Wilfred Bond, Bass, is played by Greg Mullavey with an accent that is difficult to hear through. In the first act he was consistently difficult to understand; in the second act he seemed fine. Mezzo-Soprano Cecily Robson is interpreted here by Patricia McInerny in a manner that is both delicious and outrageous. Tenor Reginald Paget is beautifully performed by Joseph Hindy. Elizabeth Franz, an old favorite of mine, undertakes Jean Horton, the only one of the three not willing to sacrifice pride and perform what could be their final public appearrance.
This is a superbly talented and experienced company of actors. That their work in no way matches the characters scripted by Harwood cannot be their fault; this cannot be collusion on their parts. They have clearly been drawn into down-playing their characters' natural intentions to overact for one another. Mullavey escapes it slightly and McAneny is never over-the-top though she approaches that level now and again. Hindy seems to be rigidly presenting the sane man even when he shouts wildly at a nurse who supervises his food intake.
The key to the problems with this production lies in the lovely performance by Franz. Her tensions are cleanly presented and her history movingly recited in two special moments. Her words allow us information to process and we can believe her history as she relates it. Without the emotional overage that this character requires all she is doing is reciting lines, however, and Elizabeth Franz is capable of so much more.
Clearly Hindy is her equal in restraint, therefore it follows that he might well be on a par with her in the world of histrionics. In this stage edition there is too much subtlety in his presentation of his character and not enough fire and bluster. As the tension in the play builds and information about the past is discussed openly these two people are drawn closer to one another. But without the bravado of opera singers this is just one more set of intentions that never play out properly.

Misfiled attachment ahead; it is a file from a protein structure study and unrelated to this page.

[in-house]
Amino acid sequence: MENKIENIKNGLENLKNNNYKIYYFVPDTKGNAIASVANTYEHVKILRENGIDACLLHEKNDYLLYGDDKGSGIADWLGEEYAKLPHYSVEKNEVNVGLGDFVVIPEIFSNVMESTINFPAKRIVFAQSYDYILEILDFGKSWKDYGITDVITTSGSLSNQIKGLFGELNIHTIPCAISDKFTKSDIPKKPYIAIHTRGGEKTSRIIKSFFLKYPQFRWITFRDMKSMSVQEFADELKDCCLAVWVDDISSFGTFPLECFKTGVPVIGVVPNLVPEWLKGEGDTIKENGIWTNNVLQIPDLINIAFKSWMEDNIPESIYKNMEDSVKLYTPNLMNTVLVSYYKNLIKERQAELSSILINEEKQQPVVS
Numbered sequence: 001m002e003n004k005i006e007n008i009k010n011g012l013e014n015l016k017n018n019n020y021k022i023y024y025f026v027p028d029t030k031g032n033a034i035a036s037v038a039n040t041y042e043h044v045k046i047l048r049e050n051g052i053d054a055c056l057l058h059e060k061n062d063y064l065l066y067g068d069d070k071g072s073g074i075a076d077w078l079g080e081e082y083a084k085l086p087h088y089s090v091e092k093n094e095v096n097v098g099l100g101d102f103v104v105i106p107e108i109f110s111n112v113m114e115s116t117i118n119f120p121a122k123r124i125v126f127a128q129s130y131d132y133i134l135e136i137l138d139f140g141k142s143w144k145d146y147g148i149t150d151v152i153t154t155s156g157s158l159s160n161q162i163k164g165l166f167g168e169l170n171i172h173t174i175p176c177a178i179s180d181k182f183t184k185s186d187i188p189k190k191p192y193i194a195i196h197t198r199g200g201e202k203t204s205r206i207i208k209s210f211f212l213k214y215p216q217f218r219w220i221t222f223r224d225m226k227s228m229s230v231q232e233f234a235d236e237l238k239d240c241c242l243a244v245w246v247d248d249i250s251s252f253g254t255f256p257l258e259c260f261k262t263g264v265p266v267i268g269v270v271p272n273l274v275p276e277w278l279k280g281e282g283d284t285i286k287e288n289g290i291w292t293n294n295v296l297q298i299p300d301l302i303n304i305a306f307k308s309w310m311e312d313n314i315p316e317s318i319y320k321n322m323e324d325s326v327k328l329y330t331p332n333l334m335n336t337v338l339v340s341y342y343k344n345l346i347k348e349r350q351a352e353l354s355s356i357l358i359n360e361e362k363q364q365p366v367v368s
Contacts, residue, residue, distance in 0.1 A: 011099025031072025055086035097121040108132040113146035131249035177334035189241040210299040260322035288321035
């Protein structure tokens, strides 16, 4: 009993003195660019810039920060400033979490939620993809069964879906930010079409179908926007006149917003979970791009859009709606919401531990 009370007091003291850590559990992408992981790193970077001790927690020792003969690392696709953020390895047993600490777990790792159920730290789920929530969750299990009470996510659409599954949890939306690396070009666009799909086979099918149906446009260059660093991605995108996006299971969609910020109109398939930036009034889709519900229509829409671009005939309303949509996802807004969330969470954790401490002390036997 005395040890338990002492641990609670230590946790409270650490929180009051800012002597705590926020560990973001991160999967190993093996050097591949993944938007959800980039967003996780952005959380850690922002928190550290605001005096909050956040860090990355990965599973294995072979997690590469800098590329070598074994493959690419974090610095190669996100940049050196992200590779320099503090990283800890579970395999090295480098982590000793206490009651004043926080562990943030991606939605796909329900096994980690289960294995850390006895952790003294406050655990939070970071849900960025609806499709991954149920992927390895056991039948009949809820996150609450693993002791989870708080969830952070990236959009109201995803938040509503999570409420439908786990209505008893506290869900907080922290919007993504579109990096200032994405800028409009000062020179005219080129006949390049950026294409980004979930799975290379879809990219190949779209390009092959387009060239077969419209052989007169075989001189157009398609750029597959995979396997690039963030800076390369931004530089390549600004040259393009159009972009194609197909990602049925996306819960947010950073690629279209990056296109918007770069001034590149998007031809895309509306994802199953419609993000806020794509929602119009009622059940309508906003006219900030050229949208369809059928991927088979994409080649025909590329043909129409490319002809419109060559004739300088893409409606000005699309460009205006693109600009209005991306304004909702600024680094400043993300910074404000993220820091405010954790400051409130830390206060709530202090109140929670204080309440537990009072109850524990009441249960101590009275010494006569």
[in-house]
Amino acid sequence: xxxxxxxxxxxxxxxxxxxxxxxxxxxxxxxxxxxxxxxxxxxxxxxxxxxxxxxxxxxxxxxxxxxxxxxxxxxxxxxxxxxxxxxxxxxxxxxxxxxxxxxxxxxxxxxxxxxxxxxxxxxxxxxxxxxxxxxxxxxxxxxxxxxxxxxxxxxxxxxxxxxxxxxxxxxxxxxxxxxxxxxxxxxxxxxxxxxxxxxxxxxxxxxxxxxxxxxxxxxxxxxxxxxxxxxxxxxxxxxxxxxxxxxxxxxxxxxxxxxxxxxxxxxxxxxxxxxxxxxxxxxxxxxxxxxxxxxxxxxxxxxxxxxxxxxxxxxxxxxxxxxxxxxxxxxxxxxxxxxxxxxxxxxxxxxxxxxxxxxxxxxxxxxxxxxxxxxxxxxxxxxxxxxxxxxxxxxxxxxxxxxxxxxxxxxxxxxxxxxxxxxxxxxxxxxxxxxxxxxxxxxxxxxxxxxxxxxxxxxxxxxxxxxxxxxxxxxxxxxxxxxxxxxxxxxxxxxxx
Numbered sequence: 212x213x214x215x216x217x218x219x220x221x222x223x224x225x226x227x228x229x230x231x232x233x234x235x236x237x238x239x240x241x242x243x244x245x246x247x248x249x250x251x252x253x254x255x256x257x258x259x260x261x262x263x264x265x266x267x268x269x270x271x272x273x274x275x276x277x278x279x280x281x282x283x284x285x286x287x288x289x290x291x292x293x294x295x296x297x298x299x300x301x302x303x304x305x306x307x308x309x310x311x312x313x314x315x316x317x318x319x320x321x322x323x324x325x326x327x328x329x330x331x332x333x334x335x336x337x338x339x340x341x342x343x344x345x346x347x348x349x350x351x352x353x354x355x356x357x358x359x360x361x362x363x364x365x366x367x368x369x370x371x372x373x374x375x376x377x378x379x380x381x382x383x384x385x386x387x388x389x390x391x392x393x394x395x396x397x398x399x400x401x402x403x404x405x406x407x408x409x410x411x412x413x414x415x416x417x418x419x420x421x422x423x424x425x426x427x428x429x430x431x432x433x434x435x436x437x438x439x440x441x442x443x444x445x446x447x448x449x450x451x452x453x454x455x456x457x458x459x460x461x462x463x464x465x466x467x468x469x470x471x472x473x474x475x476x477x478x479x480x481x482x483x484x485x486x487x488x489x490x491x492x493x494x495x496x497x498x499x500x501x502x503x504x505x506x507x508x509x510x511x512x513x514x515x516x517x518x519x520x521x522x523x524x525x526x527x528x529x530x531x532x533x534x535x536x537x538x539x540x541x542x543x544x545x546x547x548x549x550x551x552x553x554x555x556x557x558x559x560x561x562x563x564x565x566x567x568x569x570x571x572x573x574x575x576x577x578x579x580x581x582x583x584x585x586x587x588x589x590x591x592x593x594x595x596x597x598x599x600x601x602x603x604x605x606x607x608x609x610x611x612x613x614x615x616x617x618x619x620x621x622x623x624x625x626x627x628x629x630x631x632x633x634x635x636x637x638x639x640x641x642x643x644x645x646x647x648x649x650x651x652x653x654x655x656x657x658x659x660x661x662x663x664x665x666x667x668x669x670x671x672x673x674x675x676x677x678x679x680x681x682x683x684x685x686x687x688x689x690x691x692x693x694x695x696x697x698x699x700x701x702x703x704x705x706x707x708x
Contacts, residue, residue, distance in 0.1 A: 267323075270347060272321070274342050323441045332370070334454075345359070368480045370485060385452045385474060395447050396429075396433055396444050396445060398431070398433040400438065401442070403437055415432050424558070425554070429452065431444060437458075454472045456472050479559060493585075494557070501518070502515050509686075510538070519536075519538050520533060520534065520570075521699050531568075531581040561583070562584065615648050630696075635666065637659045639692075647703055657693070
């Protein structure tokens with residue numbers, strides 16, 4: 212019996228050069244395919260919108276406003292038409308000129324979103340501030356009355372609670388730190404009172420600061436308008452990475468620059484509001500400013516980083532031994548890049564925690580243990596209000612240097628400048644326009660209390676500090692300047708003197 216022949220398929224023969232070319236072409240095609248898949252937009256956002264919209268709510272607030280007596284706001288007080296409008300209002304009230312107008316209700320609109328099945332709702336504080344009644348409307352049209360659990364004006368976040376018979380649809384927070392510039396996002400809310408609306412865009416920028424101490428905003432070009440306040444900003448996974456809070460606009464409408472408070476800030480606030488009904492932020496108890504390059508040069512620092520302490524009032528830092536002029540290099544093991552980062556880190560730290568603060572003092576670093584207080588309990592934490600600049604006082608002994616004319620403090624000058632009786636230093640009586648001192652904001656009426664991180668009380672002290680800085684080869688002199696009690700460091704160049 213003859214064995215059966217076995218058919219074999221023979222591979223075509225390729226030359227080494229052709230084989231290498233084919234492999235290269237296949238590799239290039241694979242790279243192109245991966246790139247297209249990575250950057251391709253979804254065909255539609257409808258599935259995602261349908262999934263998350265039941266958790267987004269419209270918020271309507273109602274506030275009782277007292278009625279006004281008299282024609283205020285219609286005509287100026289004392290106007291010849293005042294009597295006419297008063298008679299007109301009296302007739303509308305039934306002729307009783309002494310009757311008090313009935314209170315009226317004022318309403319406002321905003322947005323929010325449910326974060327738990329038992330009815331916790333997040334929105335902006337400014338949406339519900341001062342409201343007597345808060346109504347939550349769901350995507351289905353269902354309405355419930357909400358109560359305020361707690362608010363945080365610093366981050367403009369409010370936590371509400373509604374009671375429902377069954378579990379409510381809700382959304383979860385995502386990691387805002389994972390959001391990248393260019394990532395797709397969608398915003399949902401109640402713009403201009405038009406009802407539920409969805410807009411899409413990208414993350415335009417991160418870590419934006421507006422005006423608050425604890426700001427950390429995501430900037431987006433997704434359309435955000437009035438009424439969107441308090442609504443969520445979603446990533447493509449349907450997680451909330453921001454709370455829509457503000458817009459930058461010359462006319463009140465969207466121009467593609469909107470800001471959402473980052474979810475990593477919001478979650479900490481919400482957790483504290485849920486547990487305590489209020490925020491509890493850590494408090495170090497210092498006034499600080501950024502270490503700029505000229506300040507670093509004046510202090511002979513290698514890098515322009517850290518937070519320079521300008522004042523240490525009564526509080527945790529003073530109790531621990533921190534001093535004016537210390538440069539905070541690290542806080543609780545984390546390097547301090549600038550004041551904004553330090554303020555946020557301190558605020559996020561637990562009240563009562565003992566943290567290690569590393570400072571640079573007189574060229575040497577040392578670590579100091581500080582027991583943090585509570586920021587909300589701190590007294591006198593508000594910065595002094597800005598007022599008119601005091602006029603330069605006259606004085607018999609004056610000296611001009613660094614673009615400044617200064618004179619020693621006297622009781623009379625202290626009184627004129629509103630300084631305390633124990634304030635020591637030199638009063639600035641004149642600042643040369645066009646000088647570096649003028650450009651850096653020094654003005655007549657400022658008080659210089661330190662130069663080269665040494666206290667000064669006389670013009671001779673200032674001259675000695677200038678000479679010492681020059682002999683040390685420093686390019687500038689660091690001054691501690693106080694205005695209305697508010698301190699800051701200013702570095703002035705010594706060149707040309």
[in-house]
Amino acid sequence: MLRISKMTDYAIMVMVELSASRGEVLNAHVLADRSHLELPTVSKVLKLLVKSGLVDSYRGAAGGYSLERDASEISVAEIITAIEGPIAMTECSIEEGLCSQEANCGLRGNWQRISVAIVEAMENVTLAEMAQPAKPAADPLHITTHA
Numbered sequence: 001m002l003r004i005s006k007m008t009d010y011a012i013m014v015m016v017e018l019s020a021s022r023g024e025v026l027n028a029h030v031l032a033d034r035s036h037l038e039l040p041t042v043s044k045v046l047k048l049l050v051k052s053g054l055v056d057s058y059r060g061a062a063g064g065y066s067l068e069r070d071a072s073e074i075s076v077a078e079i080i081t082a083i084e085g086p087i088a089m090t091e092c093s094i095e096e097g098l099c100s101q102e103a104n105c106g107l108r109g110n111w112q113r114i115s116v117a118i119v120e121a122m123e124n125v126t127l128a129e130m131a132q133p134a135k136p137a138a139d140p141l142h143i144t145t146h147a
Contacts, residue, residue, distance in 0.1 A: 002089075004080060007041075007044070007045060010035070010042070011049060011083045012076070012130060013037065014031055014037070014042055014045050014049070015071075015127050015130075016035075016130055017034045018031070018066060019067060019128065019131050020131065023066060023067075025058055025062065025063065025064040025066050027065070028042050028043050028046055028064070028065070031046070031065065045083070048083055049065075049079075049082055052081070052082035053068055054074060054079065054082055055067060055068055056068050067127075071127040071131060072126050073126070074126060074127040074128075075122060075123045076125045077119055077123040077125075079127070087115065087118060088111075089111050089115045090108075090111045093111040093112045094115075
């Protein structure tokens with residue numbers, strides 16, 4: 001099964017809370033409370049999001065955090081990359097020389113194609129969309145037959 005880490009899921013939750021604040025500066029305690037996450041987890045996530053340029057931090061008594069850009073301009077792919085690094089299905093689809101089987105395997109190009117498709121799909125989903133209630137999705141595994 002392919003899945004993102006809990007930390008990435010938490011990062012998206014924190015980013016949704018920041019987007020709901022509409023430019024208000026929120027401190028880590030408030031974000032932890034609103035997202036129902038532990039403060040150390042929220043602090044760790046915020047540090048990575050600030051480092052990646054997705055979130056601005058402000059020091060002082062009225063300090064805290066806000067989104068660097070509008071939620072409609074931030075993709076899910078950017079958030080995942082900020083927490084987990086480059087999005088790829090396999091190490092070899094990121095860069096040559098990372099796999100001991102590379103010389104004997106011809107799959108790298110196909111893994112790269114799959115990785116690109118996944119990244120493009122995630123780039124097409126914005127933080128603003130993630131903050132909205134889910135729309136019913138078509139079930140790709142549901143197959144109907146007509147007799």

Michelle Eden Humphrey has created the perfect clothing and opera costumes for these four players to wear. Michael Schweikardt has given them an excellent room to meet and play in as they hatch their plots. Chris Dallos pulls off luscious tricks, again with a subtlety, with his lighting design. And Emma Wilk adds musical elements galore to the ongoing non-musical play. Fine actors in a gracious setting with only one element missing, the visible, visual, verbal vicissitudes that would give a versimilitude to this version of Harwood's crimson tale of revenge over the ravages of time.
Seriously, this is a good play that just misses the mark in its too careful production. One character says, without irony, "they're finished now - like us" and the line gets no response. What should develop there is a tightened throat and a laughter that pierces it through and through. Instead the line goes by, we notice it, and then it's gone. The magic in a quartet is the harmony, the antiphony and the blend of individuality that makes beautiful music together. This quartet is restricted to the serious acting of words rather than the overwhelming rendition of a tune we all have to play one day. Oh, if we all could be opera singers then.
Quartet plays at the Sharon Playhouse, 49 Amenia Road, Sharon, CT through August 28. For tickets and information call the box office at 860-364-7469 or go on line to sharonplayhouse.org.